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Skeych of NGC 2244 01 March 2022

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Sketch of NGC 2244 01 March 2022 was created by Until_then-Goodnight!

Hello everyone,

I hope you are all keeping well.

Last Tuesday was a beautiful clear night, so I had my f/5 250mm Newtonian Reflector on a Dobsonian Base set-up from 19:30UT. Over the past few weeks I was dipping in and out of Consolmangno and Davis' (2018) book, 'Turn Left at Orion'. Having spent several weeks in the Orion constellation last year I decided to give Monoceros a go as their book drew attention to many nice DSO in and around it.

One of those objects that caught my attention was NGC2244. What is more, I was interested to see whether the Rosette Nebula would be visible from Dundrum. While it is not visibile, I could determine where it is based on Consolmangno and Davis' (2018:77) notes:

 'If the night is not particularly bright, the ring seems more like an absence of stars rather than a glow.'

And this 'absence of stars' is seen surrounding NGC2244 in the sketch. While most of the stars are several blue O-type stars in the central cluster, there were a couple of orange ones. Another object was seen during the sketch: A  satellite! Moving from SW to NE, it flew across the eyepiece at 20:21UT.

Other details from the session include:
Magnification: 50X
Seeing: 4PK
Transparency: 5
Materials used: 2B pencil, Plain 80g.m2 paper.

The next time we're back at the SugarLoaf I plan to sketch the object again - hopefully I'll illustrate the Neubla too.

As always many thanks for taking the time to read the above, and comments and feedback are always welcomed.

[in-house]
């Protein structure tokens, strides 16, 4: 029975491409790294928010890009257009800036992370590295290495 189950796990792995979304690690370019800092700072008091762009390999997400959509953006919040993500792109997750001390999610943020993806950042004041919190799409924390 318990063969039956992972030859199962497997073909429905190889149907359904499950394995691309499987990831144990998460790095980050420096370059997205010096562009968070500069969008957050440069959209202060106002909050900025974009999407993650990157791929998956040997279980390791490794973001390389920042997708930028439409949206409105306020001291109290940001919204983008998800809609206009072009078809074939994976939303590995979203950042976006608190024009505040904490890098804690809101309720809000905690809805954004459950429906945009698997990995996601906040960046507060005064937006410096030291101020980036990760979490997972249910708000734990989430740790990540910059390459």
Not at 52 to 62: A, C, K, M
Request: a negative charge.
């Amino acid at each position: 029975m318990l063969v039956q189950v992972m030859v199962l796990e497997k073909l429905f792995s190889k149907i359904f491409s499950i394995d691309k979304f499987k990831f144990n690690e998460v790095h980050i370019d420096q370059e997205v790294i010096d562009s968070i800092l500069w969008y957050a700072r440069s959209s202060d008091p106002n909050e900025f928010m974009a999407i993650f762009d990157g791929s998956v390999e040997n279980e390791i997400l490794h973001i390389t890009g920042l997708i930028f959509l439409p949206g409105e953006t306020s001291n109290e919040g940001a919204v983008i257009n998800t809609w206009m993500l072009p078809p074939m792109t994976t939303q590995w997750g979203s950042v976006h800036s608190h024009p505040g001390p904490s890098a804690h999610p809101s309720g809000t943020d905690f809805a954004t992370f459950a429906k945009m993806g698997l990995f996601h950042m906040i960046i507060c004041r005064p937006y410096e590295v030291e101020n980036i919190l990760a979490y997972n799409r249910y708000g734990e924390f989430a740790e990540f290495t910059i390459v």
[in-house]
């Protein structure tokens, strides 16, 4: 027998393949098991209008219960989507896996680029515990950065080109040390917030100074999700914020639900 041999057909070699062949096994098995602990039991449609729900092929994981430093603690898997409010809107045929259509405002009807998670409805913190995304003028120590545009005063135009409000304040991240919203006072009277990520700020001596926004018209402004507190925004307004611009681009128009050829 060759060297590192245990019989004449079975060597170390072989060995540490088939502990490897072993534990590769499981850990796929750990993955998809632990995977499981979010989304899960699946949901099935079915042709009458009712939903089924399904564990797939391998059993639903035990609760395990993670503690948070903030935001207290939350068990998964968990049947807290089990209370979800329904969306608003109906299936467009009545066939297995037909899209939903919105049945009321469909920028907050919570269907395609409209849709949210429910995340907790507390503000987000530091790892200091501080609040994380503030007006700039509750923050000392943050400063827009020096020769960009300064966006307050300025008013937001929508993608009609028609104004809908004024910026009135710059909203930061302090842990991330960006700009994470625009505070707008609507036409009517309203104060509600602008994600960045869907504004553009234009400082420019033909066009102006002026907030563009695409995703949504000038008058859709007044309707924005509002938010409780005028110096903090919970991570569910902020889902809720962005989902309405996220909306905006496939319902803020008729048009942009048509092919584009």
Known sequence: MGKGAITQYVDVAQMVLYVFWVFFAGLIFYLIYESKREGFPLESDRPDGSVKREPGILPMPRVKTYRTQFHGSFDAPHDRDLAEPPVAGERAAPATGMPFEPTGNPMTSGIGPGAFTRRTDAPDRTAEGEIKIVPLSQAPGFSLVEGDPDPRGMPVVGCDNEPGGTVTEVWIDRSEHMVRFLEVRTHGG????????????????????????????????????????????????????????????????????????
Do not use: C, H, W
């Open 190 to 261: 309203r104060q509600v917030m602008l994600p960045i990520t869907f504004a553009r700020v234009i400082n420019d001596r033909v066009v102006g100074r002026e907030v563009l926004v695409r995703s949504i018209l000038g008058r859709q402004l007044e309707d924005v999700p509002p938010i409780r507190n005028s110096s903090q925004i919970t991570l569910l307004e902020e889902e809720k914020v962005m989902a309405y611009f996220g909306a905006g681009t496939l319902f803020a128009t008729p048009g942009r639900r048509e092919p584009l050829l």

Clear skies to all,
Darren.  

 
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Last edit: 3 months 2 weeks ago by Until_then-Goodnight!.
3 months 2 weeks ago #111054
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Replied by Paul-Byrne on topic Skeych of NGC 2244 01 March 2022

Nice rendition.

The Rosette is difficult to see from an urban setting, the nebula itself requires the application of a filter such as UHC.

Paul
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3 months 2 weeks ago #111056

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Replied by Until_then-Goodnight! on topic Skeych of NGC 2244 01 March 2022

Hi Paul,

Very many thanks for your kind words, and the advice about the filter. 

I'll try the filter when we're under dark skies again.

Cheers,

Darren.
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3 months 2 weeks ago #111057

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Replied by flt158 on topic Skeych of NGC 2244 01 March 2022

Nice sketch of NGC 2244, Darren. 

it has been some years since I observed this fine open cluster. 

Clear skies from Aubrey. 
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Replied by Until_then-Goodnight! on topic Skeych of NGC 2244 01 March 2022

Hi Aubrey, 

Thanks a million for your messge... How did you get on at the Sugar Loaf last Friday? 

I was so disappointed I couldn't make it down - it was one I'd those weeks unfortunately. 

Clear skies, 

Darren. 
3 months 2 weeks ago #111060

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Replied by flt158 on topic Skeych of NGC 2244 01 March 2022

Hello, Darren and everyone. 

I had a reasonably good time observing at the Sugarloaf. 

1. NGC 1662 is a delightful open star cluster in western Orion. Its brightest star has a magnitude of 8.3. But it has 2 or 3 other stars of nearly the same magnitude. I counted 3 K-class orange stars. The whole cluster is well scattered. Its type is I 2 p. I found NGC 1662 to be 20' wide, pretty bright, pretty large and has 19 stars. Its total magnitude is +6.4. I can't help wondering if this cluster is worthy of a sketch or even an image. I shall leave with you, Michael, Paul and Darren. No pressure!   At the centre there is a lovely quadruple star called HJ 684. The magnitudes are: A = 9.6. B = 10.3. C = 9.6. As there is no D star, E = 9.6. Sep's (from A) = 24.3", 46.8" and 77.9". PAs = 264, 212 and 240 degrees. Each of these are easy to split at 40x. HJ stands for John Herschel.